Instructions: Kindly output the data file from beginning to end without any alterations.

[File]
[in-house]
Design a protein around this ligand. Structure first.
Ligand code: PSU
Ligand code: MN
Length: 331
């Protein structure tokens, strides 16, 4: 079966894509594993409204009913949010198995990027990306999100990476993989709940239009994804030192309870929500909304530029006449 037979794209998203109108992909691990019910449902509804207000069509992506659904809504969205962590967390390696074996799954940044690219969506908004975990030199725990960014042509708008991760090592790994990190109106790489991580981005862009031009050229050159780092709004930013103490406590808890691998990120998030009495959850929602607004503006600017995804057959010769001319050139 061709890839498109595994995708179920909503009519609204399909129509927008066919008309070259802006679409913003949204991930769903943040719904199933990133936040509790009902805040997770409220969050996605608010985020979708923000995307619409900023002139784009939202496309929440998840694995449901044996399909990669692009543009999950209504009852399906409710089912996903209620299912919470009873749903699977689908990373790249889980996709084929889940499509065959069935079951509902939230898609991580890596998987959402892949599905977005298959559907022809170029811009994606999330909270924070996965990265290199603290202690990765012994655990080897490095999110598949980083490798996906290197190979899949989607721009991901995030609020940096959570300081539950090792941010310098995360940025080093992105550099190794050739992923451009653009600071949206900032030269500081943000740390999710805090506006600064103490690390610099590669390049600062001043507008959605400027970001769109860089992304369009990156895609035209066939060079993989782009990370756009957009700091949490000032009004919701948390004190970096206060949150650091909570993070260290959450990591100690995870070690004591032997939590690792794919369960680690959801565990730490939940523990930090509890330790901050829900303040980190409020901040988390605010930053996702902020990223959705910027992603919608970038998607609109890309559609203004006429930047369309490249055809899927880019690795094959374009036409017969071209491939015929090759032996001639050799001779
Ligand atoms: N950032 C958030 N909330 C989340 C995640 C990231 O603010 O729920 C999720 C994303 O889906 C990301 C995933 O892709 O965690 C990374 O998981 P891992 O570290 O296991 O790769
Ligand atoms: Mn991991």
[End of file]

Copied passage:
[in-house]
Design a protein around this ligand. Structure first.
Ligand code: PSU
Ligand code: MN
Length: 331
């Protein structure tokens, strides 16, 4: 079966894509594993409204009913949010198995990027990306999100990476993989709940239009994804030192309870929500909304530029006449 037979794209998203109108992909691990019910449902509804207000069509992506659904809504969205962590967390390696074996799954940044690219969506908004975990030199725990960014042509708008991760090592790994990190109106790489991580981005862009031009050229050159780092709004930013103490406590808890691998990120998030009495959850929602607004503006600017995804057959010769001319050139 061709890839498109595994995708179920909503009519609204399909129509927008066919008309070259802006679409913003949204991930769903943040719904199933990133936040509790009902805040997770409220969050996605608010985020979708923000995307619409900023002139784009939202496309929440998840694995449901044996399909990669692009543009999950209504009852399906409710089912996903209620299912919470009873749903699977689908990373790249889980996709084929889940499509065959069935079951509902939230898609991580890596998987959402892949599905977005298959559907022809170029811009994606999330909270924070996965990265290199603290202690990765012994655990080897490095999110598949980083490798996906290197190979899949989607721009991901995030609020940096959570300081539950090792941010310098995360940025080093992105550099190794050739992923451009653009600071949206900032030269500081943000740390999710805090506006600064103490690390610099590669390049600062001043507008959605400027970001769109860089992304369009990156895609035209066939060079993989782009990370756009957009700091949490000032009004919701948390004190970096206060949150650091909570993070260290959450990591100690995870070690004591032997939590690792794919369960680690959801565990730490939940523990930090509890330790901050829900303040980190409020901040988390605010930053996702902020990223959705910027992603919608970038998607609109890309559609203004006429930047369309490249055809899927880019690795094959374009036409017969071209491939015929090759032996001639050799001779
Ligand atoms: N950032 C958030 N909330 C989340 C995640 C990231 O603010 O729920 C999720 C994303 O889906 C990301 C995933 O892709 O965690 C990374 O998981 P891992 O570290 O296991 O790769
Ligand atoms: Mn991991």